Cinnamon is one spice without which a cure for irritable bowel syndrome cannot be imagined. The aromatic spice has been spicing up culinary delights in indigenous kitchens since time immemorial. Thus, it should come as no surprise that this magical spice can prove its worth in curing the irritable bowel syndrome. This heat-producing herb contains rich quantities of eugenol. This chemical is acts a mild painkiller, thereby soothing abdominal cramps and making you feel at ease.
Copious amounts of powdered cinnamon in food can also help contain the harmful effects of diarrhea on the body. Eugenol not only cures cramps, but also calms the irritated stomach and intestinal linings to keep diarrhea at bay. When consumed in solution form, it can help combat the dehydration associated with diarrhea. To make the best use of cinnamon, brew it in a pot of boiling water, with or without tea. The solution prepared, must be cooled and consumed thrice a day to provide immediate relief.
When it comes to curing stomach related troubles, fennel seeds deserves special mention. Fennel seeds are rich in a number of essential minerals, vitamins, antioxidants and fibre. An infusion prepared with fennel seeds and tea can not only cure constipation, but also ease the irritated intestinal lining. Regular consumption of fennel seeds can aid in proper digestion, reduce chances of flatulence, ease out constipation and soothe an upset stomach.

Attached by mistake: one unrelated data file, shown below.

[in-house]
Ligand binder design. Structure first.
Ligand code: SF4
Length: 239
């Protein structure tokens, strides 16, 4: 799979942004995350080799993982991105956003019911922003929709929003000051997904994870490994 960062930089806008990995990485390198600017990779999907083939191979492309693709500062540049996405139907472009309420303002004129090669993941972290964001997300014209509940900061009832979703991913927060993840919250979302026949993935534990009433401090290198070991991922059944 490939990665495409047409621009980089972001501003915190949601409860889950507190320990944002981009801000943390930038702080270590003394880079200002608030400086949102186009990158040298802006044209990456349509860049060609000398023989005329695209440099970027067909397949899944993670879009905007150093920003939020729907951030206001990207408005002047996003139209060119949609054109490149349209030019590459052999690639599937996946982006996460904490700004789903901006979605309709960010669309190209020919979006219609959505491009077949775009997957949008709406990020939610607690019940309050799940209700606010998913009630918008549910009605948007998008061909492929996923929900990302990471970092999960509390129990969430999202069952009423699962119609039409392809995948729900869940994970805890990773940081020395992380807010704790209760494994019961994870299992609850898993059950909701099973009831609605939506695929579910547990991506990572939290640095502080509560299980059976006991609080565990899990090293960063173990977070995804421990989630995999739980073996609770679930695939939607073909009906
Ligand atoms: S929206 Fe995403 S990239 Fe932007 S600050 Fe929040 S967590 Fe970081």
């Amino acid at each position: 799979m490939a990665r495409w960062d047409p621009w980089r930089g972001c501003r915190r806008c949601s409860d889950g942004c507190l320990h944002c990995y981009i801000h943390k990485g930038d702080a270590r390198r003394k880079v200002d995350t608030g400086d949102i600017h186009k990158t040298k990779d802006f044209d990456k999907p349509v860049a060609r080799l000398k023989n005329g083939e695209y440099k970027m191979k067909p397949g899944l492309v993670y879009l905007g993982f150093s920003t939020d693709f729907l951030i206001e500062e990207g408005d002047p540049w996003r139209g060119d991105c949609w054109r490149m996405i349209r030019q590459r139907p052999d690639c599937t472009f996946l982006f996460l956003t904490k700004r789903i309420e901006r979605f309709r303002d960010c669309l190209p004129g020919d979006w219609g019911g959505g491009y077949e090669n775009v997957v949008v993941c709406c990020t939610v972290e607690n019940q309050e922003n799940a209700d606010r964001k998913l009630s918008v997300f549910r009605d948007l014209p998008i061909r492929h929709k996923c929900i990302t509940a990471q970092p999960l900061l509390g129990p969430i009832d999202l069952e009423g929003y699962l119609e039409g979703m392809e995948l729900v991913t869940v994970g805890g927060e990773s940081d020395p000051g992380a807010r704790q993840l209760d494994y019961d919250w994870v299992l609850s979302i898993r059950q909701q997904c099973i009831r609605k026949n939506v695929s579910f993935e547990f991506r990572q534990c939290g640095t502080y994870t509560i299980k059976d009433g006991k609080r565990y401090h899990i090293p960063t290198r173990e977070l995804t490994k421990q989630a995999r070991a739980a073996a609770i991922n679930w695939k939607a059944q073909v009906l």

When consumed on a daily basis, fennel seed infusions can form intestinal mucus, facilitating healthy bowel movement at the end of the day. Fennel seeds are readily available across all herbal stores. They can be chewed raw after meals as a mouth freshener, or can be brewed in tea as a mild and flavourful tincture. Taking this mixture twice a day for at least a week will provide some much needed relief from the irritable bowel syndrome.
This earthy root holds a potent cure for the wretched irritable bowel syndrome. Ginger is well known for its antispasmodic properties that aids in reducing stomach cramps. Its essential warming oils contain zingiberine and zingiberole that counteract nausea, diarrhea and constipation. Consuming ginger on a daily basis in an infusion form, or by consuming it raw can significantly lower chances of contracting irritated bowels in the long run. Ginger used in cooking can also aid in digestion, alleviate constipation, soothe irritated stomach, reduce nausea, cease vomiting and nourish the intestinal mucus for easy passage of feces.
As ginger is one of the most commonly available roots, it can be used in a number of ways. It can be taken in powder form before every meal. To make best use of ginger powder, consume a teaspoon every morning on an empty stomach with a glass of tepid water. The irritable bowel syndrome is completely curable using the above mentioned herbal remedies. All you need to do is follow these instructions carefully. However, if the symptoms persist, you should consult your physician at the earliest.